Does Compliance Matter in Special Education?: Idea and the Hidden Inequities of Practice (Disability) (Paperback)
This book asks a question that many educators may think, but won't say out loud: Does compliance with IDEA legislation matter? The author acknowledges that, while compliance with IDEA (Individuals with Disabilities Education Act) is important, it can also be an administrative burden that detracts from practitioners' capacity to adequately serve students with disabilities.
Using data collected from three suburban school districts, Voulgarides helps us to understand how compliance with IDEA intersects with decades of evidence of racial inequities in student outcomes. This timely and thought-provoking book unpacks the civil rights history of IDEA, examines the impact of its procedural focus on educational practice, and questions why racial inequities in special education persist despite good intentions by policymakers, educators, and school personnel.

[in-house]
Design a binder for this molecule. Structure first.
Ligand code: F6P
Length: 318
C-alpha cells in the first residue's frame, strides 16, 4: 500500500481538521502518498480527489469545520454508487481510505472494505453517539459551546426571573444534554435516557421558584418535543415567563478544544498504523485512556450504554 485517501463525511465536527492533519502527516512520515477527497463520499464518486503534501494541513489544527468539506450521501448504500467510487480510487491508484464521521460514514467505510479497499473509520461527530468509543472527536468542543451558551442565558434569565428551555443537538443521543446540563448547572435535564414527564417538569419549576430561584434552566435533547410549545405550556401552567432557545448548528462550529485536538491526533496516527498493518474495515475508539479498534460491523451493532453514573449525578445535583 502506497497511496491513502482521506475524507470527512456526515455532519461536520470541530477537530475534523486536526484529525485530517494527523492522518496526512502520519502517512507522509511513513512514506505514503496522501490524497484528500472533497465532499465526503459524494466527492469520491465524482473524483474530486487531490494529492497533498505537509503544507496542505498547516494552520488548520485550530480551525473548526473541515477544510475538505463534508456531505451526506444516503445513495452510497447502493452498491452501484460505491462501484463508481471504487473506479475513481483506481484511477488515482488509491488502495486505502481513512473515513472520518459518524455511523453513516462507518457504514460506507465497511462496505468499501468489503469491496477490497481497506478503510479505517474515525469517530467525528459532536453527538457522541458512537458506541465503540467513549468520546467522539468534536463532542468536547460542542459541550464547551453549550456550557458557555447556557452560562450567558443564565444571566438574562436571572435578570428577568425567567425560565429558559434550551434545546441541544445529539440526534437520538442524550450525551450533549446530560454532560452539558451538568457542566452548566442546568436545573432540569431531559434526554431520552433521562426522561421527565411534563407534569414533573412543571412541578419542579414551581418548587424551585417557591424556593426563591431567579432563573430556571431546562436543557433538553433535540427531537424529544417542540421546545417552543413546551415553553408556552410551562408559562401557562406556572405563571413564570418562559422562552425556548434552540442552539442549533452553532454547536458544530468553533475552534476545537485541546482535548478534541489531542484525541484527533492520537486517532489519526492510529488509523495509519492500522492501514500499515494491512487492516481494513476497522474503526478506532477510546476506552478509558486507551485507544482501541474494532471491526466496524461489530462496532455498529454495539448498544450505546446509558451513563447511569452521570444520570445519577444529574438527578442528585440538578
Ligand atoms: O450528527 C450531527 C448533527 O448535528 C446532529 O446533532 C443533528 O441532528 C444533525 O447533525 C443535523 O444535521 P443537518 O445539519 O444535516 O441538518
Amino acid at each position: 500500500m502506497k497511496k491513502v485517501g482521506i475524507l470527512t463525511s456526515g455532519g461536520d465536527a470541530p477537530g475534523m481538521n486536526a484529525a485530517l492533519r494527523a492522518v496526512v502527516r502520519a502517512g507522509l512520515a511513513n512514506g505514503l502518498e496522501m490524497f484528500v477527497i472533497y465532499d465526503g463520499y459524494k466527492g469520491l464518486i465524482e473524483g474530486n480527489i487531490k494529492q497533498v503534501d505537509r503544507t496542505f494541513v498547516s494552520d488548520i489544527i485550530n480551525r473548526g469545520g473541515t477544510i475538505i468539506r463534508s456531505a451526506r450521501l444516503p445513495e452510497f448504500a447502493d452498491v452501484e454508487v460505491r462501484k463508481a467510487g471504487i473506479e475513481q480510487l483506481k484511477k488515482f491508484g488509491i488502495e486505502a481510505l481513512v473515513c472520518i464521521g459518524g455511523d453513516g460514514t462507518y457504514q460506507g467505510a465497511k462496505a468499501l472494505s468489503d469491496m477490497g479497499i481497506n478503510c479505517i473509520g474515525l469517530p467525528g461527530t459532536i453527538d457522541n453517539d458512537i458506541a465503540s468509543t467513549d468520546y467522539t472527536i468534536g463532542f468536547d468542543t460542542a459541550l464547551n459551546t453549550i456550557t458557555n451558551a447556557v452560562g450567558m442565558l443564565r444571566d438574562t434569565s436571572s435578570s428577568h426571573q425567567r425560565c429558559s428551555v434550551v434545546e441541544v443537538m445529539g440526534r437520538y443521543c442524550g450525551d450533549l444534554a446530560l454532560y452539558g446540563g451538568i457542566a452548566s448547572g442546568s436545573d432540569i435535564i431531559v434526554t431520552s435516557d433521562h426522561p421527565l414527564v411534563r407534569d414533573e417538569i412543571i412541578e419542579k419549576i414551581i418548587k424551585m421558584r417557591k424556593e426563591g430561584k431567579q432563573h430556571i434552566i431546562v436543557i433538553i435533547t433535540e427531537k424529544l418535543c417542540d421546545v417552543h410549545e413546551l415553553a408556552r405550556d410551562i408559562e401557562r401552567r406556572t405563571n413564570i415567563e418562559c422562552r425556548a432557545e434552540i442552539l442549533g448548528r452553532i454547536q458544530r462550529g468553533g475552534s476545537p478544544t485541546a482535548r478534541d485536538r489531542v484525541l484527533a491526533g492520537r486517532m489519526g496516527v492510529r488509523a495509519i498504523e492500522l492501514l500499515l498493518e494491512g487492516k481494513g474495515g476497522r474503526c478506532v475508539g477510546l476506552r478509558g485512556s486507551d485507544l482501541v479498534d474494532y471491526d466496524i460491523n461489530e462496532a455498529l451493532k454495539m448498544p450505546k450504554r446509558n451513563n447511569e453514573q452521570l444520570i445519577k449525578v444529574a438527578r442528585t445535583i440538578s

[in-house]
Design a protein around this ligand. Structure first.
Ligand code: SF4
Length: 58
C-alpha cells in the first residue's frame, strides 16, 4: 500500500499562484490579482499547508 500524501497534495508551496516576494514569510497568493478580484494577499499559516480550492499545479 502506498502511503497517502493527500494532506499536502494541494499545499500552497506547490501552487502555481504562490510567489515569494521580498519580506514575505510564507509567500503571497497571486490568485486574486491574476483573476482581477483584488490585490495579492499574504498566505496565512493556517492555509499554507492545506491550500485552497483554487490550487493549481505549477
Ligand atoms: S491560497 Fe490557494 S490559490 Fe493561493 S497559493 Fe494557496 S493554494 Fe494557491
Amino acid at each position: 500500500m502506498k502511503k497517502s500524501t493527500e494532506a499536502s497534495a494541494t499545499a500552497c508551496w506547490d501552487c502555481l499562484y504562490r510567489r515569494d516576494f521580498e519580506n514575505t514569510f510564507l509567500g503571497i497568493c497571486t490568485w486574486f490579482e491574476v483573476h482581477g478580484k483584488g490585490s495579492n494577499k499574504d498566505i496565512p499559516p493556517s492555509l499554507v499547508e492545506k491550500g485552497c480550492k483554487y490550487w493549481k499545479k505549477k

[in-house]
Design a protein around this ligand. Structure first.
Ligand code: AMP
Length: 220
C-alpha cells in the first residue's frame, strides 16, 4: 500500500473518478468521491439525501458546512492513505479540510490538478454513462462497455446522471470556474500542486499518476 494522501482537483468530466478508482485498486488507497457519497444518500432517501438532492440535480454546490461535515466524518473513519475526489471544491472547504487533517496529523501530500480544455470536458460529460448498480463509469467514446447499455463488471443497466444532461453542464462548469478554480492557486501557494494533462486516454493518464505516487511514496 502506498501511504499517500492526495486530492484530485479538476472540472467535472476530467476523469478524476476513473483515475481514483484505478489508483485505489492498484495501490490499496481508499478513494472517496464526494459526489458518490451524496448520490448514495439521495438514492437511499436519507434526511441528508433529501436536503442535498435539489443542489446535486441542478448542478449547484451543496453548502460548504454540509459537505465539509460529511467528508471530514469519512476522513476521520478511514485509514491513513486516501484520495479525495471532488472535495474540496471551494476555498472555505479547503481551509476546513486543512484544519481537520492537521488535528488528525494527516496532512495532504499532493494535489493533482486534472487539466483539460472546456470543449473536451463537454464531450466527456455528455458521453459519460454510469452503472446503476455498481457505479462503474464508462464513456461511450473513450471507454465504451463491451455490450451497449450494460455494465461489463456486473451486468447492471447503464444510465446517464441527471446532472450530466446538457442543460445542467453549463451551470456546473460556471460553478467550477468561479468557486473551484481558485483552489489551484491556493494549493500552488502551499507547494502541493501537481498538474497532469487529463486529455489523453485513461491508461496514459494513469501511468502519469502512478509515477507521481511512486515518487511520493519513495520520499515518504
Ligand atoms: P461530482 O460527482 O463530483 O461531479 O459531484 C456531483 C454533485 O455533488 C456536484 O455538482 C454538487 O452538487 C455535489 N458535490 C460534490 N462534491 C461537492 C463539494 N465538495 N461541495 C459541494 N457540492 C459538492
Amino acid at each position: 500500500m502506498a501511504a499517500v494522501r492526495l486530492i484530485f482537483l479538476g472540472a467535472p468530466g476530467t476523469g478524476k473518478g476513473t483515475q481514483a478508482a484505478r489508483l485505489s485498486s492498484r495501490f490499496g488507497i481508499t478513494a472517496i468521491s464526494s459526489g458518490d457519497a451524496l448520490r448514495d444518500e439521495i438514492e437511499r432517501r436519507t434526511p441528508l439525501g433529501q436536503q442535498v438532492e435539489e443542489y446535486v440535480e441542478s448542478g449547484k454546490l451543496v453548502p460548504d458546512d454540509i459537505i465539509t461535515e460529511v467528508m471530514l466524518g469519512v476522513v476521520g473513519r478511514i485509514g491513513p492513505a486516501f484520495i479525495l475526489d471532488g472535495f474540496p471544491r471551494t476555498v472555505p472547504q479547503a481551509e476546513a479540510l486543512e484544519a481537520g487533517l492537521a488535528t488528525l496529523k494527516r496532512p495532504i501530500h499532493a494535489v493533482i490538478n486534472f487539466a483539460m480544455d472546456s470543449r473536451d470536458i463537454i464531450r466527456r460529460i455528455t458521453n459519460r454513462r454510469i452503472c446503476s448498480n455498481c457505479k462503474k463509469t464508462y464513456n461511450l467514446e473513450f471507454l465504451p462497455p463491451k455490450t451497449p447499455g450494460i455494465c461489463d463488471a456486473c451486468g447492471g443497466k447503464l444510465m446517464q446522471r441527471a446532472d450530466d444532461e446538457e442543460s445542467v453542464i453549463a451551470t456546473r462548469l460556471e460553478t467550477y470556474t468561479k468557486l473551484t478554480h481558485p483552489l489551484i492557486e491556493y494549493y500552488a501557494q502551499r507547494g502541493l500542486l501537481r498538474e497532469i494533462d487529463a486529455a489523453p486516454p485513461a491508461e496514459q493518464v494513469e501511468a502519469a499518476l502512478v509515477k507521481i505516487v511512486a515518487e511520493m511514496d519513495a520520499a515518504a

- Uses empirical evidence to examine the common assumption that compliance with IDEA leads to educational equity.
- Focuses on the different dimensions of the equity concern that lie at the intersection between race, disability, and educational policy.
- Challenges practitioners to think about the roles they play in both the production and the disruption of educational inequities.
About the Author
Catherine Kramarczuk Voulgarides is an educational consultant and an assistant professor of special education at Touro College in New York City.